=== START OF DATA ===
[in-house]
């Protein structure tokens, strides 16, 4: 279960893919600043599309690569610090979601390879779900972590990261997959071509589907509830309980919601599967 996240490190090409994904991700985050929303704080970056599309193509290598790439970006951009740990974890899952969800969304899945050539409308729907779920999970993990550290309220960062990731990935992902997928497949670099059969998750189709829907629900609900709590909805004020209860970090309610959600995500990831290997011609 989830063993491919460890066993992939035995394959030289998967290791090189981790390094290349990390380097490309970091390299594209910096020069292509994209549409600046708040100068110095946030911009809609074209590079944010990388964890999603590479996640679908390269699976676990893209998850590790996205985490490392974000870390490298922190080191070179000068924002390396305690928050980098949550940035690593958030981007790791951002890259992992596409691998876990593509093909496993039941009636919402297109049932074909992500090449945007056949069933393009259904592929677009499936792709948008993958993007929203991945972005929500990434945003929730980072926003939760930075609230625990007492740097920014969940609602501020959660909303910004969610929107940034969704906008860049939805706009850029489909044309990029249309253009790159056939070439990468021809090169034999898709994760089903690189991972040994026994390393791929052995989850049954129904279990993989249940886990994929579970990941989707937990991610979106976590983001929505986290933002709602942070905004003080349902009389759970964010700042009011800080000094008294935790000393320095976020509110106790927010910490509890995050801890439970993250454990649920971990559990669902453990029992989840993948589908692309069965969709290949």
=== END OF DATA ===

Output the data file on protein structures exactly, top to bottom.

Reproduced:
[in-house]
């Protein structure tokens, strides 16, 4: 279960893919600043599309690569610090979601390879779900972590990261997959071509589907509830309980919601599967 996240490190090409994904991700985050929303704080970056599309193509290598790439970006951009740990974890899952969800969304899945050539409308729907779920999970993990550290309220960062990731990935992902997928497949670099059969998750189709829907629900609900709590909805004020209860970090309610959600995500990831290997011609 989830063993491919460890066993992939035995394959030289998967290791090189981790390094290349990390380097490309970091390299594209910096020069292509994209549409600046708040100068110095946030911009809609074209590079944010990388964890999603590479996640679908390269699976676990893209998850590790996205985490490392974000870390490298922190080191070179000068924002390396305690928050980098949550940035690593958030981007790791951002890259992992596409691998876990593509093909496993039941009636919402297109049932074909992500090449945007056949069933393009259904592929677009499936792709948008993958993007929203991945972005929500990434945003929730980072926003939760930075609230625990007492740097920014969940609602501020959660909303910004969610929107940034969704906008860049939805706009850029489909044309990029249309253009790159056939070439990468021809090169034999898709994760089903690189991972040994026994390393791929052995989850049954129904279990993989249940886990994929579970990941989707937990991610979106976590983001929505986290933002709602942070905004003080349902009389759970964010700042009011800080000094008294935790000393320095976020509110106790927010910490509890995050801890439970993250454990649920971990559990669902453990029992989840993948589908692309069965969709290949």